Things to Do

One of the marvellous things about Bosavern House is its location amidst unchanging landscapes and tranquility. Yet, it is within easy reach of all the pleasures and attractions which West Cornwall has to offer, providing endless choices for all ages and energy levels.

Here are some of many things which you might like to consider whilst you are staying with us.



Just travel around the area (we can give you ideas and an itinerary if you wish) – enjoy the breathtaking scenery, explore some of the fishing coves, visit a beautiful garden, step back into time in an ancient stone circle and, along the way, find somewhere to indulge in the best food and drink which Cornwall has to offer.



Walking – in addition to the glorious South West coastal footpath there are many other lovely routes to wander along, including the Tinners Way across the moors to St Ives; and St Michaels Way which crosses the peninsula from St Michael’s Mount to St Uny Church at Lelant.


Natural history – here is birdwatching, at its best – especially during the spring and autumn migration time; the spectacular flora and fauna of the cliffs and hedgerows never fail to delight; then there is the excitement of looking for marine life including seals, dolphins and basking sharks. Marine and wildlife tours are also available locally. 


Golfers can enjoy a round at the dramatic course above Cape Cornwall; horse-lovers can ride out from the stables at Lelant, near St Ives; cyclists can follow the Cornish Way or just follow their fancy!


To read more about wildlife in Cornwall, pease visit Cornwall Wildlife Trust and RSPB.

Beaches and the Coast

Swimming, surfing and water sports – there are many lovely sandy beaches close by, with the beach at Sennen being renowned amongst surfers; alternatively sailing, windsurfing and kite surfing are popular in Mounts Bay. Fishing is another option – from beach, rocks or boat. Away from the beaches, the coastline of west Cornwall is a great attraction for climbers.


Archaeology and History

Discover the UNESCO World Heritage site (this includes Bosavern House and St Just) which recognises the historic significance of our mining landscape and its international legacy. At the Geevor mining museum you can even don a hard hat and feel what life might have been like for the miners underground.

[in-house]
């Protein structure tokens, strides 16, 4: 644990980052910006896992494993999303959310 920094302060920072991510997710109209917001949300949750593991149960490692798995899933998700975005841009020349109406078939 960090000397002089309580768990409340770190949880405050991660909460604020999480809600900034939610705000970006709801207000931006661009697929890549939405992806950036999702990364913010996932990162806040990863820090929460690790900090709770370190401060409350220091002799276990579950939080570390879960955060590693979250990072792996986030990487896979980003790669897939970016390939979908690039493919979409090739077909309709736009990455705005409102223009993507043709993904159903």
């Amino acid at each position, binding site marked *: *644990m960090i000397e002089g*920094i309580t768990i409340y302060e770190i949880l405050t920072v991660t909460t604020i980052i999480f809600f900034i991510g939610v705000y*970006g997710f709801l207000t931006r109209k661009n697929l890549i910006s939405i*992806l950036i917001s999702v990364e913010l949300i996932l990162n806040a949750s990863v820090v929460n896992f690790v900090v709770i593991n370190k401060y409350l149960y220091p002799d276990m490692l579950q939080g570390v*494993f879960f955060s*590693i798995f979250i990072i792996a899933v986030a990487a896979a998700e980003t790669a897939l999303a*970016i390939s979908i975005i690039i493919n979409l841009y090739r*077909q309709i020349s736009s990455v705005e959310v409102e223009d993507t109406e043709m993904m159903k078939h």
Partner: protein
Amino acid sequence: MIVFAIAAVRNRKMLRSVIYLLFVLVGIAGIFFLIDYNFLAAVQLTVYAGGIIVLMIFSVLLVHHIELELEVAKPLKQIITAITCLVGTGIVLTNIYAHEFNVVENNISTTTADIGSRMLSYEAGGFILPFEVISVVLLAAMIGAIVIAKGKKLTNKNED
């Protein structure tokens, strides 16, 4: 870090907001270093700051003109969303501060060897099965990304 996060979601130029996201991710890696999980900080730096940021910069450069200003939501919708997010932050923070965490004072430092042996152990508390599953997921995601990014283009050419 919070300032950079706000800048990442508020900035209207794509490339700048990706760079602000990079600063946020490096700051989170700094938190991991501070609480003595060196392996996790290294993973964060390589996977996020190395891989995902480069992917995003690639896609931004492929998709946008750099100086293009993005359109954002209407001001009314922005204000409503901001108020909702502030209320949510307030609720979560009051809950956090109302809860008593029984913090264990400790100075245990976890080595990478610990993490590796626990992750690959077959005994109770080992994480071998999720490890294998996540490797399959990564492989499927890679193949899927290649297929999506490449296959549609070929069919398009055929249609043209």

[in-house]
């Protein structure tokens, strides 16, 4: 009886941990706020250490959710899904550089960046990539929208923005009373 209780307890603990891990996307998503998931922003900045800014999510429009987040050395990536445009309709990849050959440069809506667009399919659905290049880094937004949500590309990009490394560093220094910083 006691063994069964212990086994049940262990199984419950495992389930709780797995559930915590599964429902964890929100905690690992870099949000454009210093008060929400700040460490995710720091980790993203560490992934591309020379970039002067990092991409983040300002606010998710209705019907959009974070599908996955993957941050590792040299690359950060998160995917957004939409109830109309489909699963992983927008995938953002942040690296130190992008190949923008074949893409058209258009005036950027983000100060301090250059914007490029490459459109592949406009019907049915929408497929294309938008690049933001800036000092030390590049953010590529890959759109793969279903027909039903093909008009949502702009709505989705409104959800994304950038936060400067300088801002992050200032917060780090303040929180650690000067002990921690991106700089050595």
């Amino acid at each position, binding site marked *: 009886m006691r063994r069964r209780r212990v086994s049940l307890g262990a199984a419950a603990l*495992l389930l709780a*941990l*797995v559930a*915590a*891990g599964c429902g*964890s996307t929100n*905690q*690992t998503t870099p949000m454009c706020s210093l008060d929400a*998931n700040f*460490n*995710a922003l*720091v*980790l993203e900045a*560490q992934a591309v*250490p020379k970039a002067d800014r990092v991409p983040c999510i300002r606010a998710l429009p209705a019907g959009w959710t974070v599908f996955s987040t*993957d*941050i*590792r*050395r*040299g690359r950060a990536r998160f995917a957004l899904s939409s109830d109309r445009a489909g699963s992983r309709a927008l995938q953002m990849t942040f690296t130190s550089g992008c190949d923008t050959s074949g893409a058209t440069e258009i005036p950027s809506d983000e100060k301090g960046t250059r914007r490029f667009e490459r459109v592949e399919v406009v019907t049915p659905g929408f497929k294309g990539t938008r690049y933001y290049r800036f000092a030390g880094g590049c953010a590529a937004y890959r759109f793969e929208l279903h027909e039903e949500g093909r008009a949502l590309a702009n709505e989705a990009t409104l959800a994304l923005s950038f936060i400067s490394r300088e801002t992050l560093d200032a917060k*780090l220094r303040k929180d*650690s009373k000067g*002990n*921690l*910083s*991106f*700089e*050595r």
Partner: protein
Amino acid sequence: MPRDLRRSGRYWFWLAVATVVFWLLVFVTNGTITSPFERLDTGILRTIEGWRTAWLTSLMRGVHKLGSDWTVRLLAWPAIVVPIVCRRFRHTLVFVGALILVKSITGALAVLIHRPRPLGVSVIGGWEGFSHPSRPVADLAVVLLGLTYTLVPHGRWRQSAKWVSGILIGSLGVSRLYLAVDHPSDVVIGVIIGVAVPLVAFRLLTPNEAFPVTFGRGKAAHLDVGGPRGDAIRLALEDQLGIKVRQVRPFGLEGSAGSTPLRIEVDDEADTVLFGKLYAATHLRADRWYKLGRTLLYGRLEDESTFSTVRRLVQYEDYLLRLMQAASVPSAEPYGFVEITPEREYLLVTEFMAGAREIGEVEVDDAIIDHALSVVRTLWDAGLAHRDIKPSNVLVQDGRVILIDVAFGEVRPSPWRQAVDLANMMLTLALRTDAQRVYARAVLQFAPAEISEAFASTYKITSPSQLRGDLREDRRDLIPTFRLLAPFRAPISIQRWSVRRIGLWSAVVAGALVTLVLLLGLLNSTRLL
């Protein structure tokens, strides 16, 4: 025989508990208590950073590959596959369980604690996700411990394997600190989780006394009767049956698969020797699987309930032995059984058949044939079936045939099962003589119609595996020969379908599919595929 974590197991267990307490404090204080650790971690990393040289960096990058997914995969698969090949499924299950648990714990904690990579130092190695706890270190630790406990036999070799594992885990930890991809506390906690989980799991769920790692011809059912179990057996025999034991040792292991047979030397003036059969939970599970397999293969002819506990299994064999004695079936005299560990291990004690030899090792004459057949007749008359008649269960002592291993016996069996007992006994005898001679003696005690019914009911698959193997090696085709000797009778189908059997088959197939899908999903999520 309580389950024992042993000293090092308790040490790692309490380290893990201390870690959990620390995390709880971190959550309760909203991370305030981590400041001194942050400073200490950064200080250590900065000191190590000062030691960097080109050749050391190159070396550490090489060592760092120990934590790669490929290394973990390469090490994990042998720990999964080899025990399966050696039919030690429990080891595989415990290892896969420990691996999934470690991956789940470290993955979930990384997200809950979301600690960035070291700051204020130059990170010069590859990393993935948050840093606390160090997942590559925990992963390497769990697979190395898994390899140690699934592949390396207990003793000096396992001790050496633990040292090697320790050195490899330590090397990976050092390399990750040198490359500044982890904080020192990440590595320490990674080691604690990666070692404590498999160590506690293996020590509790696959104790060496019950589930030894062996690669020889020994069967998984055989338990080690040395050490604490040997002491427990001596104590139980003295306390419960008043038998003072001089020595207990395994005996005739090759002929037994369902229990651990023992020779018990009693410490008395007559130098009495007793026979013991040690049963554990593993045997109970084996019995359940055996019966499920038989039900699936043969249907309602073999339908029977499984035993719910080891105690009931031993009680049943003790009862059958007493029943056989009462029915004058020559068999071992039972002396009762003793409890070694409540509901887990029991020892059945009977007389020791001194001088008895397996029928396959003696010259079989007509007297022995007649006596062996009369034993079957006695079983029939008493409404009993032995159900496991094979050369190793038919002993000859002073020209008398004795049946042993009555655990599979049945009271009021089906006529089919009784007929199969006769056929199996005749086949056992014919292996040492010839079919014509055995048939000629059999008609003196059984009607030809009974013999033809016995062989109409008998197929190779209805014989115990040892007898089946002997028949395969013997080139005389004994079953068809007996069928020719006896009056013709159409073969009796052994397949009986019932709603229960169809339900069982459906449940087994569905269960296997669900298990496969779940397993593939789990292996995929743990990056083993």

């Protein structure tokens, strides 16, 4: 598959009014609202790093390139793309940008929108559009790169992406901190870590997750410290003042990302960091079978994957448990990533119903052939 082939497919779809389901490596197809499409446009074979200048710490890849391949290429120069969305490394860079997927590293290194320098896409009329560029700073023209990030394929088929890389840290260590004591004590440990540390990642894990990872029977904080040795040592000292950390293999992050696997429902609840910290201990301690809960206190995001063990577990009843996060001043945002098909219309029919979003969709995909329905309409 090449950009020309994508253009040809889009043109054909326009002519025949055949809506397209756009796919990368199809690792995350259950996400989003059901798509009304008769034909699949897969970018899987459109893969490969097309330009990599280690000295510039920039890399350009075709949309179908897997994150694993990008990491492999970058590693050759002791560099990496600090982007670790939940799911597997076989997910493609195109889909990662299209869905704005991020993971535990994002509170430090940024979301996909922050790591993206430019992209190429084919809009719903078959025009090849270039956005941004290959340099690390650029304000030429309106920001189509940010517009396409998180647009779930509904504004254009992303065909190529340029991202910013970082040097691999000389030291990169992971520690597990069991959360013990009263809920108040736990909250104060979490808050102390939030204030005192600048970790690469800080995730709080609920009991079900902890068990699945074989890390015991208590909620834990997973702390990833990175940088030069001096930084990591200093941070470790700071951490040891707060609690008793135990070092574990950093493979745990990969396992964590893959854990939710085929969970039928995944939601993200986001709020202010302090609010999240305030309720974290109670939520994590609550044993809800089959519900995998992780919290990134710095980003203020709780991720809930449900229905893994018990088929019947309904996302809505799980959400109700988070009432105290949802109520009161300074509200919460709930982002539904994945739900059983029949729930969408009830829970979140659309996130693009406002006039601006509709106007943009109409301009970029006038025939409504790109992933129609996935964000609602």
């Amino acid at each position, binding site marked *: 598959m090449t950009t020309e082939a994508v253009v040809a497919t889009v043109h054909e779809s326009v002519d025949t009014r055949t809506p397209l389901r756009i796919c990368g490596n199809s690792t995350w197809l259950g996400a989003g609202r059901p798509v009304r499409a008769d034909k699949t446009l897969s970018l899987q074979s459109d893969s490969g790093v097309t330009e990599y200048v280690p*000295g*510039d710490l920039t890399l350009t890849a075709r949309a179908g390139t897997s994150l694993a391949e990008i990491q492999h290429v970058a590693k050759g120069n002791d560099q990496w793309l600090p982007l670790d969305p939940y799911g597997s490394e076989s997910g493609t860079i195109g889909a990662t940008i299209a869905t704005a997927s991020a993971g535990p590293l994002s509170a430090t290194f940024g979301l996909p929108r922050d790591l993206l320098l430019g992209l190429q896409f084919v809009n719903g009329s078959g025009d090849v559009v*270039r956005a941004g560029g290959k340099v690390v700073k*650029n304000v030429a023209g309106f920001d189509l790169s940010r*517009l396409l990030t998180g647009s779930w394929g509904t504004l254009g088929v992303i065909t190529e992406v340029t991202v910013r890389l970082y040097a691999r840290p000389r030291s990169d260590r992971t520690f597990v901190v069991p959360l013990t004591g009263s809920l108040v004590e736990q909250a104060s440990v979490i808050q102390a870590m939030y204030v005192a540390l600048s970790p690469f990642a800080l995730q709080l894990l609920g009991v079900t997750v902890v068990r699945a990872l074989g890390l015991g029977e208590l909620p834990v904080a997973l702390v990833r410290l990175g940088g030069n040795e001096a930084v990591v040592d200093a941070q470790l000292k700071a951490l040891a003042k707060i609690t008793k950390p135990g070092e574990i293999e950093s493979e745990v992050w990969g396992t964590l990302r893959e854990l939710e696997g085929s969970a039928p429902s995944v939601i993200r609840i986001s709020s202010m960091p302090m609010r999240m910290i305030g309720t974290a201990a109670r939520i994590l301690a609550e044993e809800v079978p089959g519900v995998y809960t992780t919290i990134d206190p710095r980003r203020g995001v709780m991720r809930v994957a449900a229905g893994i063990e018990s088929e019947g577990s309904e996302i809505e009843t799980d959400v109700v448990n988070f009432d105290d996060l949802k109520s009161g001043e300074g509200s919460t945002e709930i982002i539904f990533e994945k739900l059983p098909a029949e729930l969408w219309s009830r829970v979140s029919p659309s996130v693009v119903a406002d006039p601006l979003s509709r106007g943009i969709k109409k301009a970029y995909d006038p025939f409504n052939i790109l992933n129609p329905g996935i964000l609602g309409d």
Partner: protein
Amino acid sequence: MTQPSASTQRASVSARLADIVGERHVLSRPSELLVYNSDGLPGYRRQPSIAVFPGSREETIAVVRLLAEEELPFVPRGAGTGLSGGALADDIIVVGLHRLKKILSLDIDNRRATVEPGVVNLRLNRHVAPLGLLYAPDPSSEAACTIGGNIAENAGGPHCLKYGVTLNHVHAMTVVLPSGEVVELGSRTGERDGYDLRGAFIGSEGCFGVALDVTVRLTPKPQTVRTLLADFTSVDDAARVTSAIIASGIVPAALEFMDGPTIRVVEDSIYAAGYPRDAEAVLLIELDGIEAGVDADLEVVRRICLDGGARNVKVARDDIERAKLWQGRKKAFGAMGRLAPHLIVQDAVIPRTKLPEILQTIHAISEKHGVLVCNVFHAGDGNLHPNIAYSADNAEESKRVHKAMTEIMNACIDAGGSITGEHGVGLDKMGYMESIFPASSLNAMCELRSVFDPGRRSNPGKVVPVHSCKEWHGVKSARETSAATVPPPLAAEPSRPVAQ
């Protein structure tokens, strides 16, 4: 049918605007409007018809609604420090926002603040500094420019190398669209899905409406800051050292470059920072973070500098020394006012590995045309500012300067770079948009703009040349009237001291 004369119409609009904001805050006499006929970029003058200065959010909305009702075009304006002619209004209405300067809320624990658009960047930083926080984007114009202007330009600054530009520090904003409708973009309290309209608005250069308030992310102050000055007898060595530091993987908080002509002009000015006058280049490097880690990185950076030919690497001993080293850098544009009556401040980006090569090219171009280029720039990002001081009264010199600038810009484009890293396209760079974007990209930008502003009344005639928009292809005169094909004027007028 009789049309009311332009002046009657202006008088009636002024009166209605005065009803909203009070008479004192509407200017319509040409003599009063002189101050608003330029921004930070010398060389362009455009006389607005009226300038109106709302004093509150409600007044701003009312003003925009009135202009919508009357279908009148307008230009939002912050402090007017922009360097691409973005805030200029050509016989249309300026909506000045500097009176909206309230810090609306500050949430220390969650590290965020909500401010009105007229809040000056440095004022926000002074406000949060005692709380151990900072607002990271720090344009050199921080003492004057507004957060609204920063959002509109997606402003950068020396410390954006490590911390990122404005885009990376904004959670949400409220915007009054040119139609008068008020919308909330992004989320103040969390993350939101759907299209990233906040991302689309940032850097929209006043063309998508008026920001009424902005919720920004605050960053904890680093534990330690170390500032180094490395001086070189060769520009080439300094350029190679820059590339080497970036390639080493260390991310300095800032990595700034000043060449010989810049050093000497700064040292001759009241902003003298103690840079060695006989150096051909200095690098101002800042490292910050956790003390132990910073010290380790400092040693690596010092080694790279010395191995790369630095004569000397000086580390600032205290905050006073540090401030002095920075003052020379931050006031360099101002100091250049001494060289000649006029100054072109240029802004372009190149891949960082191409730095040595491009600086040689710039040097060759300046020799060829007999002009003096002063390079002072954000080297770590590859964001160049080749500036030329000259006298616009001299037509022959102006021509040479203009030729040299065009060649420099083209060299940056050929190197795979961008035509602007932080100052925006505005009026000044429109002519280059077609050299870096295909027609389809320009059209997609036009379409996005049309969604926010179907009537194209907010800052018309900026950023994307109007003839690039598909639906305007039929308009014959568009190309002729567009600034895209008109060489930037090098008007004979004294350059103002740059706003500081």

West Cornwall has been inhabited for over 6000 years and has a wealth of ancient monuments, stone circles and prehistoric field systems to delight any visitor, as well as the monuments from more recent history such as St Michael’s Mount, Pendennis Castle and many lovely historic houses.


Art and Culture

During the summer months, no visit is complete without an evening at the glorious open-air Minack Theatre. Perched upon the cliffs at Porthcurno you can enjoy a play or a musical with the sparkling blue sea providing a magical backdrop. We will be happy to provide you with a sumptuous picnic… and blankets on cooler evenings.

With its exceptional quality of light, West Cornwall has long been an inspiration for artists. Whilst the Tate at St Ives, the Newlyn and Penlee Art Galleries are best known, there is a wealth of smaller arts and crafts galleries to discover.


Bird Watching

Bosavern House is ideally situated for access to the key birdwatching sites of the Land’s End peninsula, which is renowned for migrants and, in particular, the number of unusual species which arrive at different times of the year.  


Due to its geographical location, the far west of Cornwall is afforded many bird watching highlights.  


We are on a migration route that sees thousands and thousands of seabirds pass by with rare warblers, chiff chaffs and buntings among a number of others making stops on their way.  Early spring (March to early May) and autumn (October to November) is an especially fantastic time to visit.


During these periods, rare birds get blown off course and can be found in the valleys taking a sheltered break before they attempt to continue their journey.  These valleys are in walking distance from Bosavarn Guest House with Cot Valley just across the fields, Nanquidno and Nanjulian to the south and Kenidjack to the north.  You are able to walk between each valley via the South West Coast Path or take the inland footpaths through farmlands.  The town of St Just in Penwith links them all.  We are also just a short drive from more local birding hotspots - Porthgwarra, Polgigga and Nanjizal.